Saturday, June 07, 2008

The Final Post

It’s been a long 2 years. They days went slow but the weeks flew by. I’m home now, sitting at my parent’s kitchen table eating a grilled cheese sandwich while typing this. It’s certainly good to be home.

It’s not easy to summarize my last 2 years in Uganda serving as a Peace Corps Volunteer while working with Compassion International. I’ve seen and experienced so much in that time. Most importantly, my world view has changed. I no longer doubt that people can live on less than $1 a day because I’ve seen it. I’ve seen things that tourists would never see. It’s been an education process on people and societies and human life. My values have changed especially in regards to how my money should be spent. Now I look at $60 for an item and think, “That’s enough to sponsor a Compassion Child for 2 months. Is a new sweater really worth that?”

My favorite moments are many. I enjoyed immensely interacting with the Compassion children who were so accepting, full of energy and yet curious about me. I made so many new friends. The other Peace Corps Volunteers there are some of the most amazing people you’d ever meet. They’ve sacrificed so much to be there serving the people of Uganda. I’ve also met some of the most incredible Ugandans who challenged my way of thinking and impressed me with their goals, passions and their work ethic. I enjoyed teaching Life Skills to the secondary students who had so many interesting questions about HIV/AIDS and the difficulties that all teenagers face growing up and relating to each other. I was also proud of the 2 Purdue teams that came and did work around the community. They brought running shoes for my running clubs and they also brought over 400 children’s books to start a library at Compassion. They came in the name of Love, to serve and work and to experience Uganda and they left a lasting impact and I was very proud to be a part of that.

My last days with the Compassion kids was especially difficult. These kids, who are the poorest of the poor, brought letters they had written to me telling me thanks and wishing me well and telling me how they’d miss me. A few brought gifts. A coffee mug. A small basket with a little teddy bear in it that said “I love you”. A few of them gave candy with their letters.

I’m not leaving the place high and dry, however. The Peace Corps placed 2 new volunteers there to replace me. It’s a married couple and they seem to have just the right attitude necessary to survive. They’ve come with open minds and the desire to serve and they’re looking forward to a less hectic more easy going life where there are no phone, light or gas bills.

Let me just say, there’s no country in the world like the US, but maybe not for the reasons that you’d initially think. It’s not about wealth or prosperity. The US is an amazing country because we have laws that make sense and protect people’s rights. We have a democratic system in which our government is made up “…of the people, by the people and for the people”, and “we the people” have a say in who is running our country and there’s no thought to ballot rigging or the reining president staying in power by force. We drink safe drinking water and have reliable electricity in our homes. In Africa, diarrhea kills more babies than any other sickness. We don’t have to worry about that. We have schools in which there aren’t 60 pupils to 1 teacher. And possibly most important, we live in a land of opportunity. If you don’t like the career you are in then you have the option of changing it. There are jobs and education opportunities available. Imagine living in a country where there were no jobs and no chance at education past 7th grade if you didn’t have the funds. We have opportunity and thus we have hope.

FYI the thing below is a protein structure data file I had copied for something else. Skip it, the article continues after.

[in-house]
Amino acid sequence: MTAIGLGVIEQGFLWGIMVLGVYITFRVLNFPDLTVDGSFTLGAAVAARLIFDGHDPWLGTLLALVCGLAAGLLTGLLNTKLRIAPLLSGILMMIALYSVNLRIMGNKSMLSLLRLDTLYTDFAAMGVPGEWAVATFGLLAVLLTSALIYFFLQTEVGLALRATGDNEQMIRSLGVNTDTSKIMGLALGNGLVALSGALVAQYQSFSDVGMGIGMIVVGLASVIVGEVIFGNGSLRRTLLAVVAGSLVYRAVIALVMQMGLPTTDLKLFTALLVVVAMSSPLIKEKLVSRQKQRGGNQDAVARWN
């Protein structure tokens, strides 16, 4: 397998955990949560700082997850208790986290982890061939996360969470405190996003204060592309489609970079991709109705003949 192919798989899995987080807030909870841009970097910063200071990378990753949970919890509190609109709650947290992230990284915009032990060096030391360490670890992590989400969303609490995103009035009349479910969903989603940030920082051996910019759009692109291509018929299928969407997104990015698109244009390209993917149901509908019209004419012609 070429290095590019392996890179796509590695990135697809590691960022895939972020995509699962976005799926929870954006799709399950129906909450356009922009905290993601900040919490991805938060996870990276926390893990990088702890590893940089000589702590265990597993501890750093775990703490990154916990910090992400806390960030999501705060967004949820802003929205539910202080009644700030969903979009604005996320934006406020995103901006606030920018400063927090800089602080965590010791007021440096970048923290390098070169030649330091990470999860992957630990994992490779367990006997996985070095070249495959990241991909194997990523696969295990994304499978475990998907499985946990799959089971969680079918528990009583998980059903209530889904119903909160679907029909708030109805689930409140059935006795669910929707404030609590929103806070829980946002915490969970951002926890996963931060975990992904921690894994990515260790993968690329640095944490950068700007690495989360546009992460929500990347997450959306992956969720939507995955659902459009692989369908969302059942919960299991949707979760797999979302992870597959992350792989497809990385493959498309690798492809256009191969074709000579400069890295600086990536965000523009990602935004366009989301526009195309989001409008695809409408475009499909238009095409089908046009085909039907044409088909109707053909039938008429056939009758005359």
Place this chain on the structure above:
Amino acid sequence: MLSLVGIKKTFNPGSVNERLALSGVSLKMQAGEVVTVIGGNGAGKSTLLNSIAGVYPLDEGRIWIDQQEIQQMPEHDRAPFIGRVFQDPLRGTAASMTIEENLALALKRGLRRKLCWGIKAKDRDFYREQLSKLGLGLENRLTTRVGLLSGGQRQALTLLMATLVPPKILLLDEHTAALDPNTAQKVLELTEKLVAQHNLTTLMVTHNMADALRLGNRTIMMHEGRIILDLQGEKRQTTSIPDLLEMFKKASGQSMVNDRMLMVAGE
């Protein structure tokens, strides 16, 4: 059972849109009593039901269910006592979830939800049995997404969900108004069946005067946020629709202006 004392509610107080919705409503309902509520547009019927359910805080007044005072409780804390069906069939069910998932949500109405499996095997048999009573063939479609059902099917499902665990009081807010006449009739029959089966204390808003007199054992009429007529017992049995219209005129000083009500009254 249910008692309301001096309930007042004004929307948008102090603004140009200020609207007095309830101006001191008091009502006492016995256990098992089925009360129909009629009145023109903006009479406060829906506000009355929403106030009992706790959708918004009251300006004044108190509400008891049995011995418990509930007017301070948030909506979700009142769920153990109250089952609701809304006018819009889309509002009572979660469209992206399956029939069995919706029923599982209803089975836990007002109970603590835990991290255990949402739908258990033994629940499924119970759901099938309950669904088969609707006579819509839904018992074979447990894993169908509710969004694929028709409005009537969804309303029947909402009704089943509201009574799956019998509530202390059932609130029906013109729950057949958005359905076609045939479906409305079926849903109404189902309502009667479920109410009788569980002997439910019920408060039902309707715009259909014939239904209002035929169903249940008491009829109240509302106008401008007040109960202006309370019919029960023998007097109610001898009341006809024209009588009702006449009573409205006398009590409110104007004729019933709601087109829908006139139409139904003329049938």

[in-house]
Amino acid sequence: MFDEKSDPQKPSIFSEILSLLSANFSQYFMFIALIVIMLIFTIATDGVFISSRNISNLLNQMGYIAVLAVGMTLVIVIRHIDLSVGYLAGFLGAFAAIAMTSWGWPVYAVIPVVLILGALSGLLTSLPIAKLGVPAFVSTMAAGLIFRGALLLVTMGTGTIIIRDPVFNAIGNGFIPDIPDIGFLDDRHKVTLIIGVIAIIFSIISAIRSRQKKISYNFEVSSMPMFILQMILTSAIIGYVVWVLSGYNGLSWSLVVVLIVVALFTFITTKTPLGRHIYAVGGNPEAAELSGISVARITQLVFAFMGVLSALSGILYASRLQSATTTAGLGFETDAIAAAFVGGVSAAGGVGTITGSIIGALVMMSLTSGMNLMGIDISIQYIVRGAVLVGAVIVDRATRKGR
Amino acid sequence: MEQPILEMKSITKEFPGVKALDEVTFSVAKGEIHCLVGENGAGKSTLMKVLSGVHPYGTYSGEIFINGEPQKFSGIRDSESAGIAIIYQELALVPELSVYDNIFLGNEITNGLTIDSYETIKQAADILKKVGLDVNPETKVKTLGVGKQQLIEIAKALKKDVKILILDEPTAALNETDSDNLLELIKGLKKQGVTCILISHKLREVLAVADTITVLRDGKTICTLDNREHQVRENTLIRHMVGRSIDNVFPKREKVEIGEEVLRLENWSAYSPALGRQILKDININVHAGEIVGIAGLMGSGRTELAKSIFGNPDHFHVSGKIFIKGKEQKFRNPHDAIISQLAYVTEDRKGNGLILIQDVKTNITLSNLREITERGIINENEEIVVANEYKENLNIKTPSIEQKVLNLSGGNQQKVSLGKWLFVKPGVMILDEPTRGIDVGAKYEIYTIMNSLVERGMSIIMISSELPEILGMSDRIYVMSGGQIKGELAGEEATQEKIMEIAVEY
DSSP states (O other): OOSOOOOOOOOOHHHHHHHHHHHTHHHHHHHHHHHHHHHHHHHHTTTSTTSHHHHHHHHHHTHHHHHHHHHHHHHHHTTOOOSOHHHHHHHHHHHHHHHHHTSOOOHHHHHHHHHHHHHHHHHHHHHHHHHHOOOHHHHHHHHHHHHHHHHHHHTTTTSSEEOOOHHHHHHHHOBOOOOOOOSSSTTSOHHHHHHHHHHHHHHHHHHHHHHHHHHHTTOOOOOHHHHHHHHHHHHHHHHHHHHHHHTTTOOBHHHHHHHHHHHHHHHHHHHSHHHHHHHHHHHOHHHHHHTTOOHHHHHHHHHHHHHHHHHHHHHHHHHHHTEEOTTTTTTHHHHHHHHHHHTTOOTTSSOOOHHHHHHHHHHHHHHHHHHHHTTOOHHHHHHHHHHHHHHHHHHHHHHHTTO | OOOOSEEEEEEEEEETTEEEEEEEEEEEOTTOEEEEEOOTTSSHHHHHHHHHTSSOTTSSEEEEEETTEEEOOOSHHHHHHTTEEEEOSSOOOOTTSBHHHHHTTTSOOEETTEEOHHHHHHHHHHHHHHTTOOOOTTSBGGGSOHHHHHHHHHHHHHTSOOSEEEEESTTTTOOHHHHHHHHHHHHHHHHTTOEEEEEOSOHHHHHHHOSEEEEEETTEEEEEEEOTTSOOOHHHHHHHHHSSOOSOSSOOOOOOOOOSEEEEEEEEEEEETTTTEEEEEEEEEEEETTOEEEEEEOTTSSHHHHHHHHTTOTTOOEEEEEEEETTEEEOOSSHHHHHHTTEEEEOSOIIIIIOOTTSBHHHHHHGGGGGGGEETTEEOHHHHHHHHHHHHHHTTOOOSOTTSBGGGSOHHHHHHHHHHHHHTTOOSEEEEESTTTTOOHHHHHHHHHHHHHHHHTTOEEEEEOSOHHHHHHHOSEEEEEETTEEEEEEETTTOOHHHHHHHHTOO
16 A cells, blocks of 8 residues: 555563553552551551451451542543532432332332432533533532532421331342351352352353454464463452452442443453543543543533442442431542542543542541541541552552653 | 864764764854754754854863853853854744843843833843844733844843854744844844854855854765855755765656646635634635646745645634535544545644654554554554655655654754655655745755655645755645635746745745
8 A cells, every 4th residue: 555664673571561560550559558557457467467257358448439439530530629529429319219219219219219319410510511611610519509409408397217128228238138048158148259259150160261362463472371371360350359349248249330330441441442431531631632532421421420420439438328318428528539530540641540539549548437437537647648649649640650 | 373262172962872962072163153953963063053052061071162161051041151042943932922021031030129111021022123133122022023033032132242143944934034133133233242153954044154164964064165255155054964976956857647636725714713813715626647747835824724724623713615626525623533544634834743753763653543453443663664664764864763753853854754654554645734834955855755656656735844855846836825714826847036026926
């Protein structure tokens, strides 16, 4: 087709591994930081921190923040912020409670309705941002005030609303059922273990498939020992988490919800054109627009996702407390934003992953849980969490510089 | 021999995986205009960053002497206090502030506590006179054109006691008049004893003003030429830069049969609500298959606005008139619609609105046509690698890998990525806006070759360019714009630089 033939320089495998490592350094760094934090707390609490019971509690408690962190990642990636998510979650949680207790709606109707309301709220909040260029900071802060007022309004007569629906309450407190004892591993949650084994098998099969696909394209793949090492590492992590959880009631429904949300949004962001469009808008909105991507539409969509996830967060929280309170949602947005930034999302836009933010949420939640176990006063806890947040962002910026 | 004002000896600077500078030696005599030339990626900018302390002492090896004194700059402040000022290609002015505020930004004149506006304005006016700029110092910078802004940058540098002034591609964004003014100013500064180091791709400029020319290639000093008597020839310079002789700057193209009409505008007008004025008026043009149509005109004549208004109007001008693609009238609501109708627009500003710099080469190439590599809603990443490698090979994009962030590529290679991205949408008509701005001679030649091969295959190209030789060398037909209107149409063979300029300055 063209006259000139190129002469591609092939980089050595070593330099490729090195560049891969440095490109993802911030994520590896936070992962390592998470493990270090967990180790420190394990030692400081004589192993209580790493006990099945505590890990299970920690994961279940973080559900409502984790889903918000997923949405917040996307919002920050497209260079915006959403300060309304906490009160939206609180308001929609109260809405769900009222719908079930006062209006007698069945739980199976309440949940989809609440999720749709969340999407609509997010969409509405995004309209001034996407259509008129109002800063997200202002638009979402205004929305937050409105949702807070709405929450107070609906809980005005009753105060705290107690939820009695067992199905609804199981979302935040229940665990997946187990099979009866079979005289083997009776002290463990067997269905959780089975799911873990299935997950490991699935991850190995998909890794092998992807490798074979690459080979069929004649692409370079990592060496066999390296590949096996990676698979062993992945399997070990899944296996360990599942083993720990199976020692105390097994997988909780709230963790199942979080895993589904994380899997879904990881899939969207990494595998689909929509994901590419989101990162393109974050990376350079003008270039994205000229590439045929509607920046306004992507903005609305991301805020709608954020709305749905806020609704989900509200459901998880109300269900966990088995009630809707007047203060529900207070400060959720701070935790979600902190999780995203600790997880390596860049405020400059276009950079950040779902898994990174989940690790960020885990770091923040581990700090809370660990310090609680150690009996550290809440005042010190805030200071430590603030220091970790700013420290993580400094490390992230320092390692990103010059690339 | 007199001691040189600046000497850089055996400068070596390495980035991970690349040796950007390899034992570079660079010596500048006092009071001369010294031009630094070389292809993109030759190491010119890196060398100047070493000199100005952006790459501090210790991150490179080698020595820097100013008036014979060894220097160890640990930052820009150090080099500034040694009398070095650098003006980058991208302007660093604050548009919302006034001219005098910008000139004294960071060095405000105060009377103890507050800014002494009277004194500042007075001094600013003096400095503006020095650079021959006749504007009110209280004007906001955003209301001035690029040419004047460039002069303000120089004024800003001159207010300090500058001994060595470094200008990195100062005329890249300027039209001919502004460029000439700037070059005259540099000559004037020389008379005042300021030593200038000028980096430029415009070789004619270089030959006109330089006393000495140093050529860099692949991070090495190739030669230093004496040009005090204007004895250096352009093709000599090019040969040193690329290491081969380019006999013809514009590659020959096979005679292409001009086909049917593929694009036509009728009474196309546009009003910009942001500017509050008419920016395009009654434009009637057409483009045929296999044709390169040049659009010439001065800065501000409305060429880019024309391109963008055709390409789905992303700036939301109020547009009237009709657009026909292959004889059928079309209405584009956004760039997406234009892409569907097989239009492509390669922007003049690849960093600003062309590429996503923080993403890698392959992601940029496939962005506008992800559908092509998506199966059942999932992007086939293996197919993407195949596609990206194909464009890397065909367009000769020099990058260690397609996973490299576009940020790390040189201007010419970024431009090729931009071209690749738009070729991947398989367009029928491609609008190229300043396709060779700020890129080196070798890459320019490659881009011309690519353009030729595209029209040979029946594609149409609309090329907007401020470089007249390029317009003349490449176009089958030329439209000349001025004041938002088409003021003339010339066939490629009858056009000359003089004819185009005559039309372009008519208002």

On June 11th I’ll ceremoniously dip my rear bicycle wheel in the Atlantic Ocean as I begin my bicycle ride across the US which is being done to raise money and support for a simple building (community center) for the Compassion kids to meet in. We have raised over $30,000 for the trip already. The walls of the building are up and the materials have been purchased for the roofing materials. Once we get a roof up it’ll start to serve as a functioning building. What’s left are floors, windows and doors. (Follow the blog at

The big question I’m asked is: Would you do it again? Without a doubt, if I had it to do all over again then I would. Without hesitation. Whether or not I will again, God only knows.


At 10 June, 2008, Blogger Carol said...

Fantastic. Brian, you warmed my heart and opened my eyes once again.

Welcome home, boy :) Glad to have you on this turf. I'll be looking forward to seeing you in Colorado!

At 13 June, 2008, Anonymous Betsy said...

I'll be praying praying for your bike ride Brian, we're looking forward to having you at Crossings.

Betsy Wolf


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